Nanny Connection: Beating Homework Dread
● By Anonymous
Homework. The worst part of school for many kids…and parents! Since everything parents do (or don’t) say and do is role-modeling for their children, let’s start with your attitudes and beliefs about school. Do you communicate to your son that learning is fun? This is different than lectures about the importance of getting a high-school diploma. This is about being open-minded and curious about life, and particularly about your son’s life. Do you ask about his school day? Do you inquire about what he is studying? Do you offer help it’s needed? Even if school was hard for you, “acting as if” can be a good reminder to help motivate your son.
Research shows that parental involvement in their children’s school life has a positive effect. This may mean helping out with homework, volunteering in the classroom, and everything in-between. Children are usually proud to have their parents participate in school activities (going on field trips, chaperoning dances, etc.) and that unexpected visit at lunch can both make your child feel special and be an effective way of checking on problematic behaviors.
Let’s assume you are a positive role model, and homework is still problematic. Here’s a little hint: Kids can’t argue with their parents if their parents don’t argue back. When you argue with your child, you are stooping to their level; which is as if there are two children in the house and no adult to supervise. Not a good combination!
When you continue arguing you are also role-modeling that arguing is acceptable, which it isn’t. Easier said than done, but disengaging is the best way to stop the argument. It is impossible to argue with someone who is not in the same physical space. Walk away: go in your room, lock yourself in the bathroom, go out and sit in the car, go for a walk. The magic words, “And if you continue arguing with me there will be a consequence” can be very effective in helping your son think before he talks.
Now let’s assume you no longer engage in power struggles, but homework is still an issue. What part of homework is still “the problem”? Doing it, turning it in on time, or both? The biggest challenge I see with children transitioning from elementary school to middle school is homework. In middle school it becomes very important to not only do your homework but turn it in on time. Capable students have failed classes just because they haven’t turned in their homework. I remind them that it doesn’t count unless it is turned in on time.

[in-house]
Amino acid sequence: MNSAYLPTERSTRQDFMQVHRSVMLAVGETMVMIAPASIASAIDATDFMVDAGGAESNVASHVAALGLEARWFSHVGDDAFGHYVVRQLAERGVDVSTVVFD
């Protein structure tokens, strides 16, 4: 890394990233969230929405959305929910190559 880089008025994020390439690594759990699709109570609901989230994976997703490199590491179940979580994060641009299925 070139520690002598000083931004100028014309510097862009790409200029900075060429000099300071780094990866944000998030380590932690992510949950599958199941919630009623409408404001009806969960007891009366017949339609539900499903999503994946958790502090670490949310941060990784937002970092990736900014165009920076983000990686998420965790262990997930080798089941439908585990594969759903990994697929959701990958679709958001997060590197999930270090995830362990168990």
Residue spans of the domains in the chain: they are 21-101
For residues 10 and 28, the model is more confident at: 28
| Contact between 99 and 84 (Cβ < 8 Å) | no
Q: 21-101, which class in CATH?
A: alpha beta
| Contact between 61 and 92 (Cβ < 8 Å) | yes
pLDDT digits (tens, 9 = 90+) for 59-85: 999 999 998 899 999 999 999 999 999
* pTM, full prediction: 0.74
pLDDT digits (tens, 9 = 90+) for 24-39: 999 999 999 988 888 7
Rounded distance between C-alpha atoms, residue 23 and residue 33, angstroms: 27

To gain some organization around this processes - First your son needs to know his homework assignments and when they are due. Next he needs to bring his homework home every night (with the necessary books, etc.) and complete it. Then he needs to turn it in, on time. Where he is struggling most in this sequence may determine how best to help.
Does he lack organizational skills or not write down assignments? Maybe he needs a planner, and to be taught how to use it.
Does say he doesn’t have homework when he really does? It becomes your job to check his backpack/binder every day.
Do you have a predictable after school routine that includes doing home work? Most families follow something similar to: snack, homework, chores, and then free time if there is any time left. Homework is a requirement; free time is a privilege!
Does he say he doesn’t understand how to do his homework? Maybe he needs extra help - although daily homework (not reports or special projects) is usually a review of that day’s class work.
Are you willing to sit with him, assess his level of understanding, and help him as necessary? Does he do his work but not turn it in?
Most middle schools have an internal system of “homework checks and balances” where the student writes his assignments, the teacher checks his planner for accuracy, the parent signs off when the homework is complete, the teacher does the same when it is turned in, and the documentation is returned to the parent. Most middle-schoolers dislike this structure because it brings attention to them; but it can be very effective.
Equally effective can be an incentive program, where your son can earn daily points, stars, stickers (depending on age) for bringing his homework home, doing it and turning it in on time. These can add up to something larger on a weekly or monthly basis. Perhaps there is something (an item or activity) that is so important to your son that he is willing to do his home work so he doesn’t lose the privilege or he is able to earn more of the privilege by doing his homework. Some children are more responsive to earning programs, while others to losing privileges. Most important is to be consistent, and if your son is earning privileges, he only earns… You don’t take them away no matter how frustrated you get!
In some cases homework is a problem due to learning difficulties. Believe it or not, very bright children who are not adequately challenged may easily become bored and apathetic. “Homework is boring” may mean “This is too easy” or “Why should I do it if I already know the answer?”
Also, your son may have a learning disability, vision or hearing problem, or other disability which has not yet been diagnosed and affects his success in school. Having him evaluated by your pediatrician, the school, or a local counseling agency may reveal the problem, which when successfully treated could remedy the homework problem.
Hopefully you can make the necessary changes so you and your son can have an enjoyable and successful school year. Good luck!